Fairly late on, when I was âin my cupsâ, I saw a girl sitting on a concrete traffic bollard at an intersection. The traffic was all blocked off and a crowd filled the road. She had a bottle of beer I’d seen her buy from a street vendor a few metres away. The couple of friends she’d been with had disappeared into the crowd, no doubt socialising.
I fancied her. My spider sense told me I should open.
âHi. I’m Nickâ I said, a big smirk on my face. She smiled and indicated me to sit on the bollard next to her.
Rebecca had dark shoulder-length hair in a soft wet perm, a lovely beguiling smile and good hips. She had the hamster look and her English was passable. It went well.
Being black, I assumed she was a favela kid.”
That’s 421 words in the memoir to describe a scene that’s three sentences in the blog. Rather than say “On Saturday night I’m in Lapa and I’m drunk” I actually set the scene of what Lapa is like with it’s people, it’s look, and it’s feel. I’ve written Fernando in as a character who has dialogue so I can build the friendship in the book (he doesn’t speak in this excerpt but he does before and after). The conversation with Rebecca is written as dialogue and events, not as an executive summary. She even has a name! The memoir style works well for indicating how you feel and what your thoughts were at the time, in this case I talk about my adrenalin (I’d just been mugged at gunpoint two hours earlier), my spirits and my assumptions about her.
Let’s look at the next 191 words to rewrite the second half of the blog excerpt above:
Â âNo, I am an auxiliary administratorâ she said. I recognised her employer’s name, a mega-corporation. She further told me she’s twenty-four, from Bahia, Salvador, in southernmost Brazil, and was working part time while studying law. It was going well and after five minutes I felt it was really on. Rebecca kept staring at me wide-eyed like a deer caught in a carâs headlights.
I moved her to a bench a couple of metres away, and we made out. It was well after midnight and the party was winding down, so I decided to pull the trigger. Fernando had already texted that he was going off to do sets until I finished.
âLet’s go to a motelâ I suggested, remembering Ana from the carnival.
âNo, I should go homeâ she remonstrated.
We walked further down the road, my mind on getting her away from friends who may pop up at any moment. She was leaning into me and smiling so when we reached a taxi rank I tried to pull her in.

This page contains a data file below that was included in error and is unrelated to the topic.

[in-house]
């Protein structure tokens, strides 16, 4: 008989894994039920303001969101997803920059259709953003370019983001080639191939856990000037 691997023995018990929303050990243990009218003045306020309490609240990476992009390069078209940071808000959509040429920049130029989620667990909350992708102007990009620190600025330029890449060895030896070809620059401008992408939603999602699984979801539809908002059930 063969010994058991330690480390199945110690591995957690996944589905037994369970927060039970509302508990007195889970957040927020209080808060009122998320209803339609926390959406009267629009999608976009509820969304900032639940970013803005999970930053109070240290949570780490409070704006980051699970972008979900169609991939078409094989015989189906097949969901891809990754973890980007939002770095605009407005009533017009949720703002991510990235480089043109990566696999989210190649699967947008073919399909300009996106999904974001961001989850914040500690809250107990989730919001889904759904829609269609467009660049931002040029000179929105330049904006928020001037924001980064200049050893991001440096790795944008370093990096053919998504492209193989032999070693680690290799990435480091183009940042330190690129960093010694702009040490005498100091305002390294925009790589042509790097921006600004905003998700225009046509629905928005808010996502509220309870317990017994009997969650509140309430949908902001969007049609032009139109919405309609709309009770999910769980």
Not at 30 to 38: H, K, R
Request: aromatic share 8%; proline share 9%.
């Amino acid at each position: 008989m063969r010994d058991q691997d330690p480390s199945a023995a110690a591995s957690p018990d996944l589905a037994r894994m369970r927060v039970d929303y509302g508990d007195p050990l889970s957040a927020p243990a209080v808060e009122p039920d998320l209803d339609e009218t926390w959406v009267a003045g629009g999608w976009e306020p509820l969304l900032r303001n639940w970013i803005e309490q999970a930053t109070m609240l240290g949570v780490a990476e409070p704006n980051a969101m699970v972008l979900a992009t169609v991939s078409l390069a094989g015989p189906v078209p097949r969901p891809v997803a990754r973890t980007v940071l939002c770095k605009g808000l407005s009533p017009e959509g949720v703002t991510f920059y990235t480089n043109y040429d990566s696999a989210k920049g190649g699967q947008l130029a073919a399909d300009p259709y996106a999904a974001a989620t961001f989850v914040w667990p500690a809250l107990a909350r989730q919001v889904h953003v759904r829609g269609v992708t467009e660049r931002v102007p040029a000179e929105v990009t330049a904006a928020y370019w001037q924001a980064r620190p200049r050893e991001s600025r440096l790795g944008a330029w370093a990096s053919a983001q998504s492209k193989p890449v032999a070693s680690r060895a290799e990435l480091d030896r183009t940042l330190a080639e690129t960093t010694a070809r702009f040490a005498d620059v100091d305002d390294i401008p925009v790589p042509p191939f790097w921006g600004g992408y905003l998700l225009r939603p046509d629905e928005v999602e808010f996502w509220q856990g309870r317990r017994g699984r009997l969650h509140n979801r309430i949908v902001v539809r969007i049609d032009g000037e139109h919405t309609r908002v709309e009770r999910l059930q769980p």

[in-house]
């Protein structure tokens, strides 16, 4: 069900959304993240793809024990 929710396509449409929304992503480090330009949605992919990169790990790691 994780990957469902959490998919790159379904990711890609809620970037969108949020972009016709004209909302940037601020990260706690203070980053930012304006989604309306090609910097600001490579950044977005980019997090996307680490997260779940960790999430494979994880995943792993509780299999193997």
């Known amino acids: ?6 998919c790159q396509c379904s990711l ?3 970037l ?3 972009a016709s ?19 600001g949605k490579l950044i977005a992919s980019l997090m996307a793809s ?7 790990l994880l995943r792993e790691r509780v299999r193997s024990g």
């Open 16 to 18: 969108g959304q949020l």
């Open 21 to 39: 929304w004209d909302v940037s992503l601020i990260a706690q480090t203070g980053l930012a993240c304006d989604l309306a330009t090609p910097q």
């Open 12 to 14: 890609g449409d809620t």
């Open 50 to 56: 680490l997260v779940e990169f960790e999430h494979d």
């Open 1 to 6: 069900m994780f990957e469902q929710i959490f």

âNo! I don’t wantâ she said, and scurried off quickly. I got the taxi home alone.
Again the principle lesson is that I’ve turned an executive summary of events into a scene. It has dialogue, characters, and actions. So, the learning points for you are:
- Take your time. You have a lot more words in the memoir so you can afford to patiently set the scene, include your inner thoughts, and expand on events.
- Try to turn summary of “she did this, then I did that” into a scene in which characters interact and there’s dialogue. Don’t say “She said she wanted to go” as a summary, but instead let her say it as dialogue.
- Cut out most of the PUA jargon and instead use regular English.
- In the blog you are the centre of the world and everyone else is a prop. In the memoir you are the narrator and main character, but there are also other characters who have their own motivations, lives, and who express themselves through dialogue and action.
NEWS: I had an email from UPS today to say no-one was in when the final Daygame Infinite test print was delivered. Bullshit. I was sitting by the door all morning . I’m guessing the driver got the wrong house. It’s due for redelivery tomorrow. If that test print is good I’ll officially release. You can buy the pre-release full colour version here.
COMMENTS: Remember, all comments discussing the content of Daygame Infinite should be collected on this post, to keep them all in one place.
 And of course to boast. “Look at me! I got laid again!”
 Second draft, mind you, so don’t expect Dickens.
 In my monster feet and dressing gown